Tenants brought lawn chairs outside and sat in a circle, their children and pets joining them. Some tenants took turns describing issues including elevator shut-downs, water leaks, appliance problems, cracks in the walls and more.
As they spoke, councillors Douglas and Manhas listened carefully, while Cook took notes. Residents had a common request. They asked for the Municipality of North Cowichan to arrange a third party to assess the building’s safety to continue to live in. Many tenants are urgently trying to find somewhere else to go, but formal evictions aren’t expected until April at the earliest.
Residents also asked for advocacy to receive more compensation from WestUrban. While WestUrban is offering them one month of rent and their damage deposit back, tenants say it’s not enough to make up for the rising cost of rent, moving expenses and their decline in mental health and wellbeing while living there.
“I’m so tired. I haven’t been sleeping properly since all this has happened. I’m lucky if I get four hours of sleep a night,” Stolfi said in an interview during the barbecue. “It’s constantly on my mind. What am I going to do? Where am I going to go? And what about my safety?”
Advocacy for residents
Both Douglas and Manhas told residents they’d bring their concerns forward to council and ask if North Cowichan can arrange a third party review of the building.
In a phone call with The Discourse on Aug. 24, North Cowichan’s director of planning and building Rob Conway said North Cowichan has been working with WestUrban since the end of July and requested that they provide third-party engineering reports to confirm the building’s ongoing safety.
While the reports confirm that shoring was installed and that the building is stabilized, Conway says there was no definitive statement saying the building is safe for occupancy. He says North Cowichan has asked that WestUrban provide another third party review that would include assurance that the Magdalena continues to be safe to live in.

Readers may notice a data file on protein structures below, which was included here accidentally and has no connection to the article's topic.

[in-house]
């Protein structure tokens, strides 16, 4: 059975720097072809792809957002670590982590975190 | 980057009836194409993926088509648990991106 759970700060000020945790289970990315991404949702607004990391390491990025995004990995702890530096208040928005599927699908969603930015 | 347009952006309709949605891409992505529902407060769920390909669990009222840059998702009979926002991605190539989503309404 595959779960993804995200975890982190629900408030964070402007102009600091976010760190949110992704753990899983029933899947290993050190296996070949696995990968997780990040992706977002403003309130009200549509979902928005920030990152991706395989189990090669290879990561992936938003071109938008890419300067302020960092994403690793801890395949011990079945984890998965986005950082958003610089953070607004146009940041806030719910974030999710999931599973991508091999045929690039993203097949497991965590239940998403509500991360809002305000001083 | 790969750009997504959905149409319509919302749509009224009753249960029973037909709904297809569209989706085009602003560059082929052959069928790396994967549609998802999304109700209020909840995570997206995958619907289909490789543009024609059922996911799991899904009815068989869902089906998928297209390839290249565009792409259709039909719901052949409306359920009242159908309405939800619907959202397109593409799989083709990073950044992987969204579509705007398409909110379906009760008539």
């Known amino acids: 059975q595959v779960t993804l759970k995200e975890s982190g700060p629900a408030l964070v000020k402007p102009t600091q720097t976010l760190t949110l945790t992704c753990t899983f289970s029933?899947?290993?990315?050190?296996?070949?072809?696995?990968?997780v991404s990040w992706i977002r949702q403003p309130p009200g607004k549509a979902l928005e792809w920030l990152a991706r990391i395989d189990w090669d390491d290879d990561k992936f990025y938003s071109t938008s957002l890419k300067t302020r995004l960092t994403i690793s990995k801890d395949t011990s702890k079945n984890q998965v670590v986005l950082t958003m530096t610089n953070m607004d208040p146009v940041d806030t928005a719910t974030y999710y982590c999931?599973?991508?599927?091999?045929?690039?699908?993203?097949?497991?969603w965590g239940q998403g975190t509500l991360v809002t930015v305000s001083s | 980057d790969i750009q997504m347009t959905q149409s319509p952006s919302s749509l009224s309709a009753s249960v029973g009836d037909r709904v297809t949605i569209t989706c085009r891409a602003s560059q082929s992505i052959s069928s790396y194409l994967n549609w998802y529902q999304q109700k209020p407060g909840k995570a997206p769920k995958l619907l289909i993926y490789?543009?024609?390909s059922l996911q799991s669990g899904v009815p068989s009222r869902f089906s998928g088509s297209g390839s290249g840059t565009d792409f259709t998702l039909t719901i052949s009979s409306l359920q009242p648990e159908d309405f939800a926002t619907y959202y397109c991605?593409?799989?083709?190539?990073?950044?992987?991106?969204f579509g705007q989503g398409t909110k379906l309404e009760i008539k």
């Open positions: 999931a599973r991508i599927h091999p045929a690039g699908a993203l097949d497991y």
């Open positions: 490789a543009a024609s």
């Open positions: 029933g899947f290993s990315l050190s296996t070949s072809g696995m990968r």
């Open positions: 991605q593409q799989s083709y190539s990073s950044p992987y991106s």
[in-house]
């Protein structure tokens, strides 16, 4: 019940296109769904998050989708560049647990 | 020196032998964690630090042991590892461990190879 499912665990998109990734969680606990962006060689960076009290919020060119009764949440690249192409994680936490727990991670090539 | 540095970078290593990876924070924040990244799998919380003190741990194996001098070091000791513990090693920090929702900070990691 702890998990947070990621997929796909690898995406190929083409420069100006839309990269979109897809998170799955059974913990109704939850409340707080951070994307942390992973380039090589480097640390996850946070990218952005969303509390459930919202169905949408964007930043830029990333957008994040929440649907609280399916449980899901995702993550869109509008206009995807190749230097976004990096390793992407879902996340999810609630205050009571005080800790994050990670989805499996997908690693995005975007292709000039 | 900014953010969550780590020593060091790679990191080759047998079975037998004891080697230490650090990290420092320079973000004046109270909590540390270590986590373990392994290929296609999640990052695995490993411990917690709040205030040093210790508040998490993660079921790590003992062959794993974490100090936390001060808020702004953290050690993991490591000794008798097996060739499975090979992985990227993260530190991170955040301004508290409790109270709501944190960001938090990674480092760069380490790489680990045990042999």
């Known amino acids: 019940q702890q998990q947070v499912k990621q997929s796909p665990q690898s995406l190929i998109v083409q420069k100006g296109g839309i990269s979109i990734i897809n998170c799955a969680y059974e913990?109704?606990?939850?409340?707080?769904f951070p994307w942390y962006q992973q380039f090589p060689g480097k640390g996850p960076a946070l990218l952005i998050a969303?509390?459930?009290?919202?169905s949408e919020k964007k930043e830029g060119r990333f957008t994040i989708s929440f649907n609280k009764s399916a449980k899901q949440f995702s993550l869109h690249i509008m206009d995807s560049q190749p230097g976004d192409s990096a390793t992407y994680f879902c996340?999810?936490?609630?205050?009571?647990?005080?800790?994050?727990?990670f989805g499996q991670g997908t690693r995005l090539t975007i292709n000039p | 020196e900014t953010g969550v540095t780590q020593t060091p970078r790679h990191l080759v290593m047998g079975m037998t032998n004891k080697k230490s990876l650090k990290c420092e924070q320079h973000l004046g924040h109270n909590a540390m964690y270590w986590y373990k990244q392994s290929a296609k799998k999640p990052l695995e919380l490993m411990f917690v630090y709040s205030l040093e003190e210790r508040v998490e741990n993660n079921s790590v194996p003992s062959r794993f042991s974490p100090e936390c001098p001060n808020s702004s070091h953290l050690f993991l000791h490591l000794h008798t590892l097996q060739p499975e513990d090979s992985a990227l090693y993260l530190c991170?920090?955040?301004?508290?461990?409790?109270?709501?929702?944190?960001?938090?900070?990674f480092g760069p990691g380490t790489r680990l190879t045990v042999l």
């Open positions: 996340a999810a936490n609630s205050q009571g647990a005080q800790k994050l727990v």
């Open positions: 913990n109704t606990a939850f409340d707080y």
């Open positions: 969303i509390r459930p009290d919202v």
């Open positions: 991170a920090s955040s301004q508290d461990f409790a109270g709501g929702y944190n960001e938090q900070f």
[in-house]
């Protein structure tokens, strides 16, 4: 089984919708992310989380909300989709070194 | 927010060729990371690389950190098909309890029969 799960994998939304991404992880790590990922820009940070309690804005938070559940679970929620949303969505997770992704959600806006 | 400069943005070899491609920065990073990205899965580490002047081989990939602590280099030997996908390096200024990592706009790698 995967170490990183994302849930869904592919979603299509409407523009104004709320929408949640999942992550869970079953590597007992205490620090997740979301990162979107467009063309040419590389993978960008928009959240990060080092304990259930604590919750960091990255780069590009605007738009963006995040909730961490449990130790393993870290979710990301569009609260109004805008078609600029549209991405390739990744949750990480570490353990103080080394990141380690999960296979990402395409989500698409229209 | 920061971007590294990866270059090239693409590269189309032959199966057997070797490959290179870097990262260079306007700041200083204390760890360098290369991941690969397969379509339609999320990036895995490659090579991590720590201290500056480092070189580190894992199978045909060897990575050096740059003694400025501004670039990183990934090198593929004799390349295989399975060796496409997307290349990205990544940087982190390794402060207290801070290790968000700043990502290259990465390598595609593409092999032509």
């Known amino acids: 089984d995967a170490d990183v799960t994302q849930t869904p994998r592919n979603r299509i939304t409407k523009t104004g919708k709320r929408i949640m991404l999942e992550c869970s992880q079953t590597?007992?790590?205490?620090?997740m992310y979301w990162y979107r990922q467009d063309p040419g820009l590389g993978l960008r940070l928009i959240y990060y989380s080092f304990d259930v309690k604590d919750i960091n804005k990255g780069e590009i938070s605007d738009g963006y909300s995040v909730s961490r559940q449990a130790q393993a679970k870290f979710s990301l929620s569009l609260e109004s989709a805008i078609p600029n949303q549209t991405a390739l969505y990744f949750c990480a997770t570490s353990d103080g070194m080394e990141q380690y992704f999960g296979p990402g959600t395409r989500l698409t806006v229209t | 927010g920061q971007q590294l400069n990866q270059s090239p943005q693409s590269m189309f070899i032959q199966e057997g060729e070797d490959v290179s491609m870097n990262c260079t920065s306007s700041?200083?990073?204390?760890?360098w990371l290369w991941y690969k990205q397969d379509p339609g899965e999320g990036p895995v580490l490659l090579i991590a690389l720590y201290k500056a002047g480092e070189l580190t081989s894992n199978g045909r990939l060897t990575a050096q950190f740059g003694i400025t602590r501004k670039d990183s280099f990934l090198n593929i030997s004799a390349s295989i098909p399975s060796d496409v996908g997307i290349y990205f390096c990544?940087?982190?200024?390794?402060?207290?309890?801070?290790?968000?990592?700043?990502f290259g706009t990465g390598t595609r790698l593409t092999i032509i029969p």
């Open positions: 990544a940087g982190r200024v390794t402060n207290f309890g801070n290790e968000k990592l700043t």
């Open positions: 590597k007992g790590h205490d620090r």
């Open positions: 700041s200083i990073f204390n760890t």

“We believe that the work is underway but we haven’t seen the final report yet,” Conway says.
Cowichan Housing Association executive director Shelley Cook says she attended the barbecue to hear from tenants about their experiences in the building, as well as their concerns and hopes for the future.
“I’m just worrying about physical safety and — if it’s not safe — where people can go, where they can feel safe and have secure housing,” Cook says. “I’m trying to understand what role we can play to generate options knowing there’s no clear answer in this current housing market.”
Cook says she hopes to work with tenants through this entire process by keeping an eye out for rental openings and considering emergency funds and how to support moving costs.
North Cowichan Mayor Al Siebring has requested a meeting with the provincial housing minister to ask for emergency funding, which he says would likely be managed by the Cowichan Housing Association.
Cook says Cowichan Housing Association will work with North Cowichan to ensure there’s follow-up, including the third party building assessment to ensure the building is safe while tenants continue to live there.